Abstract Subsurface DNA is an emerging independent diagnostic offering oil and gas operators a high resolution and non-invasive measurement of fluid movement in the subsurface. DNA sequencing methodologies that use subsurface DNA markers acquired from well cuttings and produced fluids are being increasingly used in the Permian Basin to elucidate drainage heights for new and existing wells with increased temporal and spatial resolution. Drainage height estimates are applied across the asset lifecycle during appraisal, development, and production. We present a new exploratory application for DNA Diagnostics in the Midland Basin as a complementary data set for understanding reservoir characteristics when existing wells and data are not available. In this work, Novo Oil and Gas and Biota Technology performed a study on an exploratory well in the Meramec formation of Ector County. Well cuttings were collected from a pilot hole to create a vertical DNA baseline through key Barnett and Meramec formations, and from a lateral section to estimate per stage oil and water contribution. Frac fluid was collected during completion and produced fluids were collected through the initial 189 days of production. A data science-based workflow was performed that tracked DNA markers within produced fluids and compared them to a well-cutting derived DNA baseline to estimate per-formation and per-stage contributions in the vertical and lateral sections, respectively. DNA Diagnostic results were integrated into a reservoir engineering workflow through comparisons with petrophysical logs, core data, geosteering reports, completions reports, production data, and oil tracers. Results showed that initial drainage heights covered a large portion of the Barnett into Woodford formations and corresponded to the higher initial production values. Over time, the DNA drainage heights indicated a focused zone of contribution from the Barnett which corresponded to a steady, flat decline curve. Lateral DNA contributions estimates indicated the highest production contribution from a section of the lateral drilled within the intended landing zone towards the toe, which was corroborated with conventional oil-based chemical tracers. Additionally, the lateral DNA Stratigraphy plots allowed for the development of a hypothesis of a potential fault encountered in the lateral, which subsequent wells will investigate. Overall, we demonstrate that Subsurface DNA Diagnostics provides an independent workflow to estimate drainage height and lateral production allocation by analyzing DNA markers acquired from cuttings and produced fluids. This work shows the complementary nature of incorporating DNA Diagnostics into traditional reservoir engineering workflows as a hypothesis generating tool and as a corroborative measurement. The scalability and non-invasive nature of the workflow has the potential to improve initial characterization and operations during field development, particularly exploratory areas with less operational history. DNA Diagnostics provided direct economic benefit to Novo's field development plan and informed subsequent capital allocation strategies.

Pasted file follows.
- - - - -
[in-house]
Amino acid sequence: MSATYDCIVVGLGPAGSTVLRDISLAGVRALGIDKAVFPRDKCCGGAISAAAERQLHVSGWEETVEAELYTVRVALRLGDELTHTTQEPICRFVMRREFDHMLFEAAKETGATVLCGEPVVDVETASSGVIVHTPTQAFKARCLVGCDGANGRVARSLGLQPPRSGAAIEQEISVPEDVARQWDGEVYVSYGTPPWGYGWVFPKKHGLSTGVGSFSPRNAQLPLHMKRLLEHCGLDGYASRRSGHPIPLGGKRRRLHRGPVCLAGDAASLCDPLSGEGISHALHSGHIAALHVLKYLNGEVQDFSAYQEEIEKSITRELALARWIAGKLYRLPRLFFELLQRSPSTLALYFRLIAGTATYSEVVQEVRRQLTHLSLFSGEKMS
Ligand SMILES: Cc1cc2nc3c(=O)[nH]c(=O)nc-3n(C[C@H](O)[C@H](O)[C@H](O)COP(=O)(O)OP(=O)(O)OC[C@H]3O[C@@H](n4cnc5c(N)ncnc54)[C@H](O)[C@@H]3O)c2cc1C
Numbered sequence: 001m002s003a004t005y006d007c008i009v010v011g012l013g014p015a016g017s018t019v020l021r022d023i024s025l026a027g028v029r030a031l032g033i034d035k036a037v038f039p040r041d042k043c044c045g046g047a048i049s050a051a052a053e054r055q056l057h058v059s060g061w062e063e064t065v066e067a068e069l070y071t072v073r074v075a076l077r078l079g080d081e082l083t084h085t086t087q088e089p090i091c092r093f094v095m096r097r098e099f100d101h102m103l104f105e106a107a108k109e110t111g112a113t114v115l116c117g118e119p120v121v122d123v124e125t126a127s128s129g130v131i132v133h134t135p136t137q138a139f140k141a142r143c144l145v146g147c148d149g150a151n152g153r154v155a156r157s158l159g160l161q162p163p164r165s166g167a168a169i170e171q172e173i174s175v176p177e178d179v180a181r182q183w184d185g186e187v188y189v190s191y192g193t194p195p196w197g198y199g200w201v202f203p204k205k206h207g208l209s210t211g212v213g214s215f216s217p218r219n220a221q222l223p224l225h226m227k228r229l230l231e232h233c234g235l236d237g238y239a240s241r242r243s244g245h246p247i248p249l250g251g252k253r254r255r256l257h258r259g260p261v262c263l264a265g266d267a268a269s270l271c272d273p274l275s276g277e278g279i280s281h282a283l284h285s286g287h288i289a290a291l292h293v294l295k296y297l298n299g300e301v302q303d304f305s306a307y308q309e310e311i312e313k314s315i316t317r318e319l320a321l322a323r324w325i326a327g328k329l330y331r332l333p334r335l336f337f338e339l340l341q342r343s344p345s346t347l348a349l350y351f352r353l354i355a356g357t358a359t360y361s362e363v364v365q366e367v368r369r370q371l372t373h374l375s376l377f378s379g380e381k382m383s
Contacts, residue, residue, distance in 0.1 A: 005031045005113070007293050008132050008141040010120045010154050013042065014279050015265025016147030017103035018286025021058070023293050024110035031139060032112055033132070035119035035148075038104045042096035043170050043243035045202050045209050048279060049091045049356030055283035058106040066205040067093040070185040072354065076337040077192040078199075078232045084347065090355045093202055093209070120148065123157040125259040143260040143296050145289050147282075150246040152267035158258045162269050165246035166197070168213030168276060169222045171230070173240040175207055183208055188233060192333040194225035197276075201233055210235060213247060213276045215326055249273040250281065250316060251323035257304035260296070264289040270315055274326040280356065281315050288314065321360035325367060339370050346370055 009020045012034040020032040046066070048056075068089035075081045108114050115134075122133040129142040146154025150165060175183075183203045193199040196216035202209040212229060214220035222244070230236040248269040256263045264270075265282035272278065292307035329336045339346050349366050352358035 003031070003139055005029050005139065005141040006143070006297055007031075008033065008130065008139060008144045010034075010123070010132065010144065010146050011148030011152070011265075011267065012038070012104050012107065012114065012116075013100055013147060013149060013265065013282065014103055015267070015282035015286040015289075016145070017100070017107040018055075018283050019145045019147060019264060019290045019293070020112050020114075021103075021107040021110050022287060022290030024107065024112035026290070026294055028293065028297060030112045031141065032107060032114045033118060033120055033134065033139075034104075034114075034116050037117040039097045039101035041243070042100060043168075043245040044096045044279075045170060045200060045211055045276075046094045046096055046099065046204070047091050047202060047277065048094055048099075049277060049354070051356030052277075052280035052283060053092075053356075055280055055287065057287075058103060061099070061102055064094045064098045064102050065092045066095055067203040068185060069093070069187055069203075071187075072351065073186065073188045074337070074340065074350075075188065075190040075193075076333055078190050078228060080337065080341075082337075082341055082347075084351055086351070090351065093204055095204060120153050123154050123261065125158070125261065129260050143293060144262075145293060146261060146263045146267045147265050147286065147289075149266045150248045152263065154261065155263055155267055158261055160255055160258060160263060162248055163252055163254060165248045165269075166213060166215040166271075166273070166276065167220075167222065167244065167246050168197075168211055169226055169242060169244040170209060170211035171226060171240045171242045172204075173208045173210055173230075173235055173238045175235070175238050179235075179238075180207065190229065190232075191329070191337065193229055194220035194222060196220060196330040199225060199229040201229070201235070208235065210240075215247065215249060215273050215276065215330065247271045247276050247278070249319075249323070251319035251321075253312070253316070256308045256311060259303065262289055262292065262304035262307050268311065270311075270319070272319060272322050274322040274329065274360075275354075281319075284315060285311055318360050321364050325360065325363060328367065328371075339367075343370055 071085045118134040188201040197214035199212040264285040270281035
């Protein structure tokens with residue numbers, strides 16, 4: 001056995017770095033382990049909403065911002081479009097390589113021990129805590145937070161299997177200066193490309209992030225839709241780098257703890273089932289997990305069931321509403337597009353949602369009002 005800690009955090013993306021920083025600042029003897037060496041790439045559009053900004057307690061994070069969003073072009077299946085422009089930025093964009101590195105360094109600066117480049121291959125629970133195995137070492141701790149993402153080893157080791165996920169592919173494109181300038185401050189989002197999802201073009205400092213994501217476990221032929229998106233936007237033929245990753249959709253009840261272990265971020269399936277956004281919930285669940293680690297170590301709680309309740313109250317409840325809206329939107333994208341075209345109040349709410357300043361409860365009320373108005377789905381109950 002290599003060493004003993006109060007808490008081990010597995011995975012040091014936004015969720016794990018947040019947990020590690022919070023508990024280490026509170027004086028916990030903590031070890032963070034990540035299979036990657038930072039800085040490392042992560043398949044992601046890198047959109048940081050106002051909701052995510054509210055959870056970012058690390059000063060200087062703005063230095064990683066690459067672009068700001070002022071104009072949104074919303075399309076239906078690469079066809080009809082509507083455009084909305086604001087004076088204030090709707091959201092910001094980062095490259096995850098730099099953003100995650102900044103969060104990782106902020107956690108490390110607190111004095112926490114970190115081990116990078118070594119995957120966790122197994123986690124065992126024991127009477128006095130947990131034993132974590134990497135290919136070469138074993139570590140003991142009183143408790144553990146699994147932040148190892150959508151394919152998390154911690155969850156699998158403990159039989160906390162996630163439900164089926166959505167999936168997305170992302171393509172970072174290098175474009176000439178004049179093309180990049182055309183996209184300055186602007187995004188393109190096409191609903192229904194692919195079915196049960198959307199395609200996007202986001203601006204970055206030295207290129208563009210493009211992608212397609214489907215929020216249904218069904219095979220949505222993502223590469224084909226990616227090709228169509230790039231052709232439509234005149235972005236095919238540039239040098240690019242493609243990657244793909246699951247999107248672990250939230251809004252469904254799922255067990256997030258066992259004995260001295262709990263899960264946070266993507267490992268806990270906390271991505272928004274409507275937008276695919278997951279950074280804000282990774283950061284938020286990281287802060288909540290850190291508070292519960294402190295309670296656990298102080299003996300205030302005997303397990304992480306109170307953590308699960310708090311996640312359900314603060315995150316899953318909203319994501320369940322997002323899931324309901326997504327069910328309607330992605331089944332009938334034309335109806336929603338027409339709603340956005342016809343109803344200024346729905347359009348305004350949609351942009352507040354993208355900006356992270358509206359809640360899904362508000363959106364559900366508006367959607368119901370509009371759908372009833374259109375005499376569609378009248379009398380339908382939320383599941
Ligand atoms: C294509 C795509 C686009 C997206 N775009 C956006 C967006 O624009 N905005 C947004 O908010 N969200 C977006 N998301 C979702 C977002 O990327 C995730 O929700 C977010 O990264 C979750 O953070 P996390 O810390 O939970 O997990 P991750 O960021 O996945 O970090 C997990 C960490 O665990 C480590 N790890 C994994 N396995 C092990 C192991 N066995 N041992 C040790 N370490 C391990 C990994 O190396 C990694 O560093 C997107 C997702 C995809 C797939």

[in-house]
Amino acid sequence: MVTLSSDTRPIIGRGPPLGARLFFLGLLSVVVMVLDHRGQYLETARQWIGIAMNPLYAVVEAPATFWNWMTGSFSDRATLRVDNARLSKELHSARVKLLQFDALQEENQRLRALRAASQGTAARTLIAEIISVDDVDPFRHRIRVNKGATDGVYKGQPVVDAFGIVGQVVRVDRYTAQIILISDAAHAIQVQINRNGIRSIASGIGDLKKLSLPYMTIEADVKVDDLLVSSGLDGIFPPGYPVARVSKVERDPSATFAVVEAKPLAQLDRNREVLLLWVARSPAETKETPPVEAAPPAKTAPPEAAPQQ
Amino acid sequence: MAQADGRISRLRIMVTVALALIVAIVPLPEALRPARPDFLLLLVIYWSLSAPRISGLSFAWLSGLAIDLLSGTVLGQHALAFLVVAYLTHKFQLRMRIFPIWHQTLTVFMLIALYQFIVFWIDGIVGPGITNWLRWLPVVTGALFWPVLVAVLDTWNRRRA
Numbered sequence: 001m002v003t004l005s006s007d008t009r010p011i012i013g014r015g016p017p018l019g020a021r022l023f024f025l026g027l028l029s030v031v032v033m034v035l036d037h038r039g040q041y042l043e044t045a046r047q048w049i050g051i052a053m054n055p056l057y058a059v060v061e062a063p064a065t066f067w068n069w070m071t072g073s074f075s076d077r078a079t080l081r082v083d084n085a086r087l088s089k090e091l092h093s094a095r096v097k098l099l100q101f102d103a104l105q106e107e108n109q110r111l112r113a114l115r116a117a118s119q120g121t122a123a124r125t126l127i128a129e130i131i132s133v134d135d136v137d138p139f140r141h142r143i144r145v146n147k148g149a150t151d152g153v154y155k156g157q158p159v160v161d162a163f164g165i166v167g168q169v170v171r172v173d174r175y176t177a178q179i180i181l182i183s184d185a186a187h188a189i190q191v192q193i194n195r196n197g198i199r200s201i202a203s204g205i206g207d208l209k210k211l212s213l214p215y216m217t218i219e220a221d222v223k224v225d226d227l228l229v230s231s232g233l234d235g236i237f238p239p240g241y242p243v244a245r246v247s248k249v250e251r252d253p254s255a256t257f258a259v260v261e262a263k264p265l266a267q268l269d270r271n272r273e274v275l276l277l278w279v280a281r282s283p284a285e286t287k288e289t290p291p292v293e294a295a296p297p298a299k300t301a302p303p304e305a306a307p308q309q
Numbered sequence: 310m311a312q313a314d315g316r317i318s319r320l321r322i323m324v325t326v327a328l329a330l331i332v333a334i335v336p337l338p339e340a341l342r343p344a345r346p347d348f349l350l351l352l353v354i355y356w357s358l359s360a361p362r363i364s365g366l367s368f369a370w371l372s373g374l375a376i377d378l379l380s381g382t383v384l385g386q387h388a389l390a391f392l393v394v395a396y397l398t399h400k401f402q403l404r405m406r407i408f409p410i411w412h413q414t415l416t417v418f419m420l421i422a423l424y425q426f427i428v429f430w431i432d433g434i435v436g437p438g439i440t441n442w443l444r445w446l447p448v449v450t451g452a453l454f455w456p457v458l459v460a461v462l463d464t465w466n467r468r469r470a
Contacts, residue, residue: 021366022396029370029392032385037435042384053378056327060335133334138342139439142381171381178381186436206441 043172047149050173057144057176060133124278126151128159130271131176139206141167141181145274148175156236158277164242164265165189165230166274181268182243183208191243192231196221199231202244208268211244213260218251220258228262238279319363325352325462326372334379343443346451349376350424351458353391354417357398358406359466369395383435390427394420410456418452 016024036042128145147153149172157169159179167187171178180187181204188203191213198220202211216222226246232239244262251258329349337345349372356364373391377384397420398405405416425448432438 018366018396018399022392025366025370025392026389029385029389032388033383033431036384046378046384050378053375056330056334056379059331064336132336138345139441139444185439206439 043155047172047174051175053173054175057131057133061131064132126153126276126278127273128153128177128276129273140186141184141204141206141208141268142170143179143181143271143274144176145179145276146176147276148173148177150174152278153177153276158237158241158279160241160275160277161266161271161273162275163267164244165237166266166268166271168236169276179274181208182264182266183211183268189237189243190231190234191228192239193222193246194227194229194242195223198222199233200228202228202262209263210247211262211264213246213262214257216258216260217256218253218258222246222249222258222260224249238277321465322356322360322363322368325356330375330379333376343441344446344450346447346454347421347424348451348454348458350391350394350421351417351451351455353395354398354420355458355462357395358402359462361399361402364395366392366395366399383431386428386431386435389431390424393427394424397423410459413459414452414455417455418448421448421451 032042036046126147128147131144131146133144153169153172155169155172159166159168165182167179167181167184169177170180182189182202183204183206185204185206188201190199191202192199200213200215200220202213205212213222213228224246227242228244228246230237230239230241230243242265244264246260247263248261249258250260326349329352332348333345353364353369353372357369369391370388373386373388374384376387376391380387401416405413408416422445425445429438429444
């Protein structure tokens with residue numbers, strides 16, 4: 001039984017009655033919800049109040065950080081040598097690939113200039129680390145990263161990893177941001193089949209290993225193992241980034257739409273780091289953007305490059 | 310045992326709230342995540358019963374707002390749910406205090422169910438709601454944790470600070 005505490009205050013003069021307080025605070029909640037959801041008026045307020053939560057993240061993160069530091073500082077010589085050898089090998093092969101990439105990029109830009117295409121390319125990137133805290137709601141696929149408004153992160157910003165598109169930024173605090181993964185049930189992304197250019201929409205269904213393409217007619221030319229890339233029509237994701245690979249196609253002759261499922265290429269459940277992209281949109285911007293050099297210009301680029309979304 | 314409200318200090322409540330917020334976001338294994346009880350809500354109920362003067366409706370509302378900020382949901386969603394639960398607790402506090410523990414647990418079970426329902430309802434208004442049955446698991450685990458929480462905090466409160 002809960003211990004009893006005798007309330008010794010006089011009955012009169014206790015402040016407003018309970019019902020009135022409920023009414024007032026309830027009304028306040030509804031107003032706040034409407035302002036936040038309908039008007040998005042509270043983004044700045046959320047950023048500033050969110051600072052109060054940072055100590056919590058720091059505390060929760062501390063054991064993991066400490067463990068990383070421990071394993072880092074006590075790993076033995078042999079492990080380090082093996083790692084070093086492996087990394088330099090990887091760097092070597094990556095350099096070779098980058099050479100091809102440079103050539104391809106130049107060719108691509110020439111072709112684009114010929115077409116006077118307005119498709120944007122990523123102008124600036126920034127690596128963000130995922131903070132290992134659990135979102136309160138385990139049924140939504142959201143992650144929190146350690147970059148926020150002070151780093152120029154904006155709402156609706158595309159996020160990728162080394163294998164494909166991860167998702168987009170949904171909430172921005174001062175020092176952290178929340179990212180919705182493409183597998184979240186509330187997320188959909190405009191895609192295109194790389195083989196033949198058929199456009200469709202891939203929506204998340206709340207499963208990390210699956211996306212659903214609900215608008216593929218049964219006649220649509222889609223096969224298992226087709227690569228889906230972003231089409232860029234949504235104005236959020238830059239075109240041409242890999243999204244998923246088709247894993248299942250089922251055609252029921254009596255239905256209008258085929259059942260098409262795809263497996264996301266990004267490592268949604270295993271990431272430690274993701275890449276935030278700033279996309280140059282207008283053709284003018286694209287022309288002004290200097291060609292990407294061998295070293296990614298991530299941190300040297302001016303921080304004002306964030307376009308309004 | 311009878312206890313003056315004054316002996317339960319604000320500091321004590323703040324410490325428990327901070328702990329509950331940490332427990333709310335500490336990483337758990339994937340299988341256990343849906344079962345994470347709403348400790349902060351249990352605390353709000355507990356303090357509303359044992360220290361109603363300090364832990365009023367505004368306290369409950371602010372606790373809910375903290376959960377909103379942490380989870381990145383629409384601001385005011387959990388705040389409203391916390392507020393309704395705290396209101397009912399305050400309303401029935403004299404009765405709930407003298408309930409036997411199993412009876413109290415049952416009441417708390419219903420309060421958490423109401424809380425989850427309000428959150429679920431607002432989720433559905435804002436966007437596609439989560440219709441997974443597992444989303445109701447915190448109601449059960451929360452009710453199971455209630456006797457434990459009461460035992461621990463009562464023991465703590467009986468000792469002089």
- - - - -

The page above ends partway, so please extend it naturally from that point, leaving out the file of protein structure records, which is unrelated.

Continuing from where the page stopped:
Abstract A new approach is proposed to quantify the communication between wells in a tight multi-layered shale gas reservoir. In this approach, a wide range of data sets, from microseismic monitoring to the production data are analyzed to evaluate the communication between wells in every stage of well development. The results provide new insight into how the initial well communication during stimulation impacts the well interference during production. Microseismic data collected during hydraulic fracturing are analyzed for a three-well pad drilled in the Appalachian basin. The microseismic event locations, magnitudes, and fracture plane characteristics are used to construct a discrete fracture network (DFN). The permeability of a numerical reservoir model is calculated from the generated DFN, and the model is further integrated with available reservoir data. History matching is carried out using three years of production data to calibrate the reservoir model, which was also used to predict water and gas production for thirty years. Finally, decline curve analysis (DCA) is used to examine the production behavior of the reservoir. The microseismic data monitored during hydraulic fracturing show the presence of communication between wells in the pad. This communication, also known as frac hits, is established as more events are recorded in the offset wells, indicating the extent of hydraulic fractures. In addition, the pressure perturbation in the offset wells confirms the presence of a pathway connecting the wells during stimulation. Furthermore, the reservoir model built in the numerical reservoir simulator shows overlap of drainage volumes. In the reservoir model, the depleted region expands across multilayer formations in both lateral and vertical directions. An analysis of the production behavior of the wells using DCA suggests an almost logarithmic trend which is expected for these types of reservoirs. Surprisingly, detailed analysis of the results reveals there is no significant deviation in the overall performance of wells associated with well interference, especially in the early years of production. However, at greater than 10 years of production, the expansion of the depleted zone accelerates the well interference which leads to lower performance of the pad in the long term. The results demonstrate that the enhanced permeability zones created due to frac hits may not have an immediate impact on production performance. Traditionally, frac hits and well communication were considered damaging to the reservoir production. However, this new result shows that the well communication during fracturing may not impact short-term production. Additionally, it highlights the importance of a thorough examination of the fracture network along with the reservoir properties to evaluate the potential impact of frac hits on reservoir production.